Jerusalem: A diplomatic spat has erupted between Israel and Romania after Bucharest reportedly refused to allow Romanian construction workers to be employed in West Bank settlements, Israel`s military radio said on Wednesday.
The row comes in the wake of tensions between Israel and the European Union over new guidelines that bar EU funding for any Israeli entity operating in the occupied Palestinian territories.
Talks with Bucharest on importing Romanian manual labour broke down in 2012, the radio said, but resumed at Israel`s initiative after a new Romanian government came to power in May of that year.
Differences centre on Bucharest`s request that Israel guarantee no Romanian construction workers would be employed on the settlements, which are considered illegal under international law.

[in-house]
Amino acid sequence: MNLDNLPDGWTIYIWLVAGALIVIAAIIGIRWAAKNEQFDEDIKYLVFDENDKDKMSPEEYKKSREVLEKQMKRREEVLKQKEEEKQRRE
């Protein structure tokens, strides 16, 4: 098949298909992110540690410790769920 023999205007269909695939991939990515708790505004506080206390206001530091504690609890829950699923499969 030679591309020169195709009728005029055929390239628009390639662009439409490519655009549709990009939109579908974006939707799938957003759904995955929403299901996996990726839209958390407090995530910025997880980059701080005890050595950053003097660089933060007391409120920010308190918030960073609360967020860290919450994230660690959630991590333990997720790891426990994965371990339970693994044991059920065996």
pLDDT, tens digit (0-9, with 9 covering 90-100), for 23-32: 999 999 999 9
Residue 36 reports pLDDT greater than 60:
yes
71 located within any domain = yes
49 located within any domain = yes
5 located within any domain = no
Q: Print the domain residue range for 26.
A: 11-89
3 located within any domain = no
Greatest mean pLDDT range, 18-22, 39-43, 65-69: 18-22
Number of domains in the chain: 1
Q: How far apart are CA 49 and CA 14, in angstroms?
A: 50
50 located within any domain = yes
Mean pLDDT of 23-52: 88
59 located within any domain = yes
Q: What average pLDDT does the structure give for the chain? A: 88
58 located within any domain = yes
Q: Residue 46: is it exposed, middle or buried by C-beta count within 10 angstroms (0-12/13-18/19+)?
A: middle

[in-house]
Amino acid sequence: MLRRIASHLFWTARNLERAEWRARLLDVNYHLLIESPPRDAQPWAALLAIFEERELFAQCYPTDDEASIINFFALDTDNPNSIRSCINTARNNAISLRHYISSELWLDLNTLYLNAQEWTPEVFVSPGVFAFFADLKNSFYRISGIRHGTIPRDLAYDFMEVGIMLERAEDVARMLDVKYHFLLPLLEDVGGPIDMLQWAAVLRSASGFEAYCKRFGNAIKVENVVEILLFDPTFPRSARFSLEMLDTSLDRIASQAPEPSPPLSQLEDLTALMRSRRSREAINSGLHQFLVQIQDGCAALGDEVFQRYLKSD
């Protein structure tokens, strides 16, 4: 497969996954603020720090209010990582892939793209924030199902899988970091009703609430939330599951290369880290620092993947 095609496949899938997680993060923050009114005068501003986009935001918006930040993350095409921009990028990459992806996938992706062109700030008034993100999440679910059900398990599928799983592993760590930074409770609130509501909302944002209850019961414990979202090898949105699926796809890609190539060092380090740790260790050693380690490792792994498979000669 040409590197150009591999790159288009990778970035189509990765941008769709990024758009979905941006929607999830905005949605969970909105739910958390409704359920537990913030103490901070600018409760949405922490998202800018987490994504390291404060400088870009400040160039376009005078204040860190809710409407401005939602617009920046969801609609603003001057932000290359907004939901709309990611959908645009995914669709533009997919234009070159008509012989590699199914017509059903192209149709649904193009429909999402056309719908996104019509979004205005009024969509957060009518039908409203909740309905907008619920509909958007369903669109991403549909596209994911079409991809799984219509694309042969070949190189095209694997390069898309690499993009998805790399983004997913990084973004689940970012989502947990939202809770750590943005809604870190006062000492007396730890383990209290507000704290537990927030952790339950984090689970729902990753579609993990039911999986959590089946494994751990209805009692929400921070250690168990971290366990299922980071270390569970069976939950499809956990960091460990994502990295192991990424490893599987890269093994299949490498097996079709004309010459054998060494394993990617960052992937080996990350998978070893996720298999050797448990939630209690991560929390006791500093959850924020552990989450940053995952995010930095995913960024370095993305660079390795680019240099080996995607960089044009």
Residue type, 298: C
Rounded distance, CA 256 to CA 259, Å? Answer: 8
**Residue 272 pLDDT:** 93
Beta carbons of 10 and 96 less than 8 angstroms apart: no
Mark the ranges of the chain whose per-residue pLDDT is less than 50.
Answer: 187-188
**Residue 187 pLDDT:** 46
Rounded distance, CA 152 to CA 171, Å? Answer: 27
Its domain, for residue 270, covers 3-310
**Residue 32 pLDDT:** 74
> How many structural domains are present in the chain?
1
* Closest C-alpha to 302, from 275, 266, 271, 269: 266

The Romanian foreign ministry confirmed to AFP that the talks were continuing and said Bucharest`s position would be consistent with "respect for international law, the positions of the EU and the protection of Romanian citizens."
It said the latest draft of the accord had been sent to Israel in August for possible revisions, adding that "the negotiations are nearing the end."
It was Israel`s second diplomatic row with an EU country this week following a dispute with the Netherlands over a new security scanner to be installed on the Israel-Gaza border that Dutch Prime Minister Mark Rutte was to have inaugurated Sunday.
The Dutch government had hoped the scanner would serve to facilitate an increase in the export of goods from Gaza to the West Bank, while Israeli officials accused the Dutch of trying to impose "political conditions."
Also on Sunday, Dutch Foreign Minister Frans Timmermans refused to accept an Israeli military escort around Palestinian-ruled areas of the West Bank city of Hebron.
The European Union guidelines, which go into effect in January, ban funding for and financial dealing with projects linked to Jewish settlements in the West Bank and annexed east Jerusalem.
The Palestinians view continued settlement construction as a major obstacle to US-brokered peace talks relaunched in July after a three-year hiatus.